Another possibility is to include a small amount of randomness to the initial magnetization. Note that this may not work well in multilayer simulations where the randomness can average out over a series of layers,

An other important issue one needs to be cautious about arises from compressing all layers in the thickness direction into one effective cell. For this approach to be physical, the assumption that the spin texture is identical in each layer must be met. This is not necessarily true in thick stacks or films in which long-range effects of stray fields become crucial with increasing thicknesses. The arising phenomena will be discussed in Sec. VII.

## VII. STRAY FIELD EFFECTS

### A. Thick magnetic strips and bulk materials

This section is accompanied by supplementary material mumax input file 4.txt.

In a thick magnetic film with interfacial DMI, which favors Néel domain walls at the surface, the internal stray fields at a domain wall can become strong enough to cause a reorientation of the wall toward a flux closure Bloch configuration and, thus, reduce the domain wall energy. The dipolar fields will generally favor Bloch wall configurations in the center of the film and Néel orientation at its surface, leading to mixed states within the material. This effect can be easily demonstrated by simulating a material with relatively low DMI and sizable saturation magnetization. An example is given below, with a $250\xd7250\xd7200 nm 3$ material dimension discretized by $64\xd764\xd750$ cells. The initial magnetization is set by defining a cylindrical region with a $100$ nm diameter which is oppositely magnetized to the ferromagnetic background.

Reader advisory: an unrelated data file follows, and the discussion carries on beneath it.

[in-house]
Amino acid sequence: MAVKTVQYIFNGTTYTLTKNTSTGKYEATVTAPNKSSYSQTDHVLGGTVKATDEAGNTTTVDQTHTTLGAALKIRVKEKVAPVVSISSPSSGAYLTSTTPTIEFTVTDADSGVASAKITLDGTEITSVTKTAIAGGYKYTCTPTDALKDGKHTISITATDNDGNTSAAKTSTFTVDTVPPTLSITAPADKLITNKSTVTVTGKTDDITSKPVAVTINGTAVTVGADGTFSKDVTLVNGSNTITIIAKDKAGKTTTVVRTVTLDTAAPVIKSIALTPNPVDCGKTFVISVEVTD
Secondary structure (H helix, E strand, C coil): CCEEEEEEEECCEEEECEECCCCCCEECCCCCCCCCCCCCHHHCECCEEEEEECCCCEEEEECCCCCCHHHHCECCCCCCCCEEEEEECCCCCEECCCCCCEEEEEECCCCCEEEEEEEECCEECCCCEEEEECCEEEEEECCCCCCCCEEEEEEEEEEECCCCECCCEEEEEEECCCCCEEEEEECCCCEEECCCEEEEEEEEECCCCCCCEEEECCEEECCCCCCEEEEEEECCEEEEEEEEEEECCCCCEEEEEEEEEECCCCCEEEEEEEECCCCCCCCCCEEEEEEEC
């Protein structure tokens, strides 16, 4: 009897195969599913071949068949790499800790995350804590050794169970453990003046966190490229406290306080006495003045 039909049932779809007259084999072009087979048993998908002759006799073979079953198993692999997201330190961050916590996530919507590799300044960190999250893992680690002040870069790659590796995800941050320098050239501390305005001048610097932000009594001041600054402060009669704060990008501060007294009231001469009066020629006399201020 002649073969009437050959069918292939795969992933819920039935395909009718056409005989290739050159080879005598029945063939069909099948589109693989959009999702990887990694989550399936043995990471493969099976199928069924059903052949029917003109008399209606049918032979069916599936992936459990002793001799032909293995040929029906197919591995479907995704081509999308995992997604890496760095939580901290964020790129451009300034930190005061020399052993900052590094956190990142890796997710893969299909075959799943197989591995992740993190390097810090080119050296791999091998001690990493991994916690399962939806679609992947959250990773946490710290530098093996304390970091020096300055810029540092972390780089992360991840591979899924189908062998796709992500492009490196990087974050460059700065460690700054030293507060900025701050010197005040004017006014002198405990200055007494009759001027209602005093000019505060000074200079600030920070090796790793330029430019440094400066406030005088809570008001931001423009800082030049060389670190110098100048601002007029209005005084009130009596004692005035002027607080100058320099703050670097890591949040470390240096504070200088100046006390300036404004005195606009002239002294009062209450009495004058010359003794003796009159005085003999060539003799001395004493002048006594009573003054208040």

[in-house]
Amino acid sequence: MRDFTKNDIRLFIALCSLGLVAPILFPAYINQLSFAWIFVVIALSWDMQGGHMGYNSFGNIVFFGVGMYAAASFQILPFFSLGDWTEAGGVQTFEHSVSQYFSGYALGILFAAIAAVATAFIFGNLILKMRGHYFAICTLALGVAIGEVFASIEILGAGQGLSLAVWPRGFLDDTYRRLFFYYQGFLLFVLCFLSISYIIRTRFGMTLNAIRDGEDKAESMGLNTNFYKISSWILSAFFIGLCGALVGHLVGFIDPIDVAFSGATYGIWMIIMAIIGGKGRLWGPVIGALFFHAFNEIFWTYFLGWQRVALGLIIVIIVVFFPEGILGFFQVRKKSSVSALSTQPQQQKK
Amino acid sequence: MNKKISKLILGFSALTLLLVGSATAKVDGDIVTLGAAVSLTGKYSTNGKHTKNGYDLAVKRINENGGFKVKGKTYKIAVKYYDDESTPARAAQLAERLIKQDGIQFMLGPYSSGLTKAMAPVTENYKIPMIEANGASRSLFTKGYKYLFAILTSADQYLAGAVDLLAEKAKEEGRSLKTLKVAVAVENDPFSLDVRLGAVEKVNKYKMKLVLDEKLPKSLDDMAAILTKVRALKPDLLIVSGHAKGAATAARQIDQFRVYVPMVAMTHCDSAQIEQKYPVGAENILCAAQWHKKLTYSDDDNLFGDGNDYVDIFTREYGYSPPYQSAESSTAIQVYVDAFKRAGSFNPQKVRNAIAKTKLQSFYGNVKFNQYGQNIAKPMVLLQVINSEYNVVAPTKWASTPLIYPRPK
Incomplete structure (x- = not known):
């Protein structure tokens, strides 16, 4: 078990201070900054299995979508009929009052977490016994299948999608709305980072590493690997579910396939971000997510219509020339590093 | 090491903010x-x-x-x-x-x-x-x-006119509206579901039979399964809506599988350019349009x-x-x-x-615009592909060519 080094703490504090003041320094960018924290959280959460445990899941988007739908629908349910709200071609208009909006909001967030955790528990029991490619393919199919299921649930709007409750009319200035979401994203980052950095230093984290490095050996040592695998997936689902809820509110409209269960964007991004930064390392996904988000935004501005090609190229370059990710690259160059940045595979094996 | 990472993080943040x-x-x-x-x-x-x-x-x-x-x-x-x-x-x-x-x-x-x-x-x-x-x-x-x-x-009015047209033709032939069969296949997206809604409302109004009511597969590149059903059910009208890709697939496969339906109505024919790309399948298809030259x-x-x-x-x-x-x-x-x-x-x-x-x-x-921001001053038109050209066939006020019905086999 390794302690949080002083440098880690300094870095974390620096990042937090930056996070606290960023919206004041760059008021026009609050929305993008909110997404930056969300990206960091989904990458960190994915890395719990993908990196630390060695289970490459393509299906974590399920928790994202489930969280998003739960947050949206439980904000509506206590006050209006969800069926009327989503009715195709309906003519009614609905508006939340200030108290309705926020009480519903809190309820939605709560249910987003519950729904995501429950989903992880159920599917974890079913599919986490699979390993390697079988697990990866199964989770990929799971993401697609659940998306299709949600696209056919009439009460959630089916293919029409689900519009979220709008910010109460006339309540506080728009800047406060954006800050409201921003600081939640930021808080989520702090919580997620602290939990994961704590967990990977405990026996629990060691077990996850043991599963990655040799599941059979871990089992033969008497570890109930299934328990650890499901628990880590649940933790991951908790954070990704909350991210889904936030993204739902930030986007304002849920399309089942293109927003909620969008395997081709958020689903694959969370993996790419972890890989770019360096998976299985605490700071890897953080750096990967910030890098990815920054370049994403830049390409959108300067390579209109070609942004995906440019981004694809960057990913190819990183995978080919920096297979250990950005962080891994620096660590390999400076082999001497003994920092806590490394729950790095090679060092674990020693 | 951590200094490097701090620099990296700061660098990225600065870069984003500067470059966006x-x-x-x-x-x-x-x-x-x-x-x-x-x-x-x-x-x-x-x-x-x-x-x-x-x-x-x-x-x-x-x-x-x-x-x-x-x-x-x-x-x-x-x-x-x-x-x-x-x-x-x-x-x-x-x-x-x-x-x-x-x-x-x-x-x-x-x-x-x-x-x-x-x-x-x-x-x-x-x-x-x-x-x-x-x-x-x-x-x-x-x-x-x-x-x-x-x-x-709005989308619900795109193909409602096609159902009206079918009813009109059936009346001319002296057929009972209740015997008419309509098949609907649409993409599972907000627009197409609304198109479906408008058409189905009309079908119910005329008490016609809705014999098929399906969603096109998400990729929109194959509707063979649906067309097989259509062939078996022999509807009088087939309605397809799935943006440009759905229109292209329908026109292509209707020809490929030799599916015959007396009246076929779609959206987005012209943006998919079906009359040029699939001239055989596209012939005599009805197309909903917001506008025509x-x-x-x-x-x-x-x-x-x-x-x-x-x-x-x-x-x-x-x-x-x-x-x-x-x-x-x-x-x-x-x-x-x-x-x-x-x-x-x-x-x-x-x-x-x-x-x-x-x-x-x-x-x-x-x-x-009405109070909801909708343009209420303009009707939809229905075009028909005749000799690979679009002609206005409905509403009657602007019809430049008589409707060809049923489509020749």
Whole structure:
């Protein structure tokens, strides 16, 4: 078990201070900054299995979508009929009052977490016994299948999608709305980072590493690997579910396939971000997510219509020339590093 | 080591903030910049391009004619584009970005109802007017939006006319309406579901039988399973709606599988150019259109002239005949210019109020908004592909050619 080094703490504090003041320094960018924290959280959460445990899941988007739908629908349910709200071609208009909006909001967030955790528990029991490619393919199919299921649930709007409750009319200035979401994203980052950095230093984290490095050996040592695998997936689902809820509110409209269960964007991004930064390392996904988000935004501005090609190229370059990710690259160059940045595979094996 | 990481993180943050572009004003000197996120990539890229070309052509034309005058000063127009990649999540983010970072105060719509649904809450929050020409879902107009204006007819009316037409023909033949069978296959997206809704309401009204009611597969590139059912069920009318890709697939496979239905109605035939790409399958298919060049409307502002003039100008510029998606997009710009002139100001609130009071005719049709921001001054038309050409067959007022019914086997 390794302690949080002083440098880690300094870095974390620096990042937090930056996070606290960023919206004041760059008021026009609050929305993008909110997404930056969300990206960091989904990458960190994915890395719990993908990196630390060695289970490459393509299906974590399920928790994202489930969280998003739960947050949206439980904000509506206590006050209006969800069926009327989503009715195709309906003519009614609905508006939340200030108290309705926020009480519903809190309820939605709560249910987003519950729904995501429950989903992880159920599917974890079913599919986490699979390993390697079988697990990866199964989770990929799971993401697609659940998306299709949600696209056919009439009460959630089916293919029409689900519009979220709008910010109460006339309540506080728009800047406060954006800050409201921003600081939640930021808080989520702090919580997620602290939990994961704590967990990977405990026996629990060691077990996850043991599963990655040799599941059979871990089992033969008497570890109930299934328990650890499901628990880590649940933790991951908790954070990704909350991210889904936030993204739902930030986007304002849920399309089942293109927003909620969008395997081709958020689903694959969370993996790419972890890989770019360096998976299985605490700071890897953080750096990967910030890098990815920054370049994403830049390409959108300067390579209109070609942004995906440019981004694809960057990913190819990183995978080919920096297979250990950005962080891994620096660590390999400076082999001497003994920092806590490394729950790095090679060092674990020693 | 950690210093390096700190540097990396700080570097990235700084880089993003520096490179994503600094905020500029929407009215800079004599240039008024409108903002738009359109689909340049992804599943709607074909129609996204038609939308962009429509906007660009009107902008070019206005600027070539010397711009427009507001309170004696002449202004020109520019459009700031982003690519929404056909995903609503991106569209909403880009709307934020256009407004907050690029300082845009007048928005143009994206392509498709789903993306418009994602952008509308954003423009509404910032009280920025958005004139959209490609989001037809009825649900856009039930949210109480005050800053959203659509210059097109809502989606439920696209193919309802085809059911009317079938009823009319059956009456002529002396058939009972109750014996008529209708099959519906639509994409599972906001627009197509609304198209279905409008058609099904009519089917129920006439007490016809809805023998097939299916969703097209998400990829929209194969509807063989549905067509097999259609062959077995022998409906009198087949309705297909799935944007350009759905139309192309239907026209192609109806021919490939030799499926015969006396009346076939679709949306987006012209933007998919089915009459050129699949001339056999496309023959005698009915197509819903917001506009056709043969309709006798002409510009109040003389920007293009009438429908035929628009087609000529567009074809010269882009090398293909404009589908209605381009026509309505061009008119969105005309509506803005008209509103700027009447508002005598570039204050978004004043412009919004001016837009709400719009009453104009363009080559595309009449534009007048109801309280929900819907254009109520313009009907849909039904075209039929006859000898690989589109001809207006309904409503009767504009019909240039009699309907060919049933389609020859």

It should be noted that in bulk materials, a bulk DMI can occur instead of an interfacial DMI. This is particularly true for materials lacking inversion symmetry, such as B20 materials. However, in the context discussed here, we do not consider these bulk DMI effects. Nonetheless, it is worth mentioning that a mixed state can still be achieved in such systems, where Néel endcaps are formed at the top and bottom interfaces. The relaxed magnetization of the model system is shown in Fig. 7. It presents a cross section of the skyrmion tube and demonstrates how the skyrmion tubes’ domain wall changes its sense of rotation in the thickness direction due to the interplay between DMI and stray fields. As stated earlier and shown by the zoomed-in part in the figure, the stray fields cause a flux closure configuration to minimize the stray field energy. The choice whether to compress this magnetization into a two-dimensional simulation or to accurately model the three-dimensional variation in the magnetization is dictated by the phenomena under study (i.e., whether internal structural changes are relevant for the investigated effects or not) but unfortunately can greatly impact the simulation time for thick structures.

### B. Low DMI multilayers with many layers

This section is accompanied by supplementary material mumax input file 5.txt.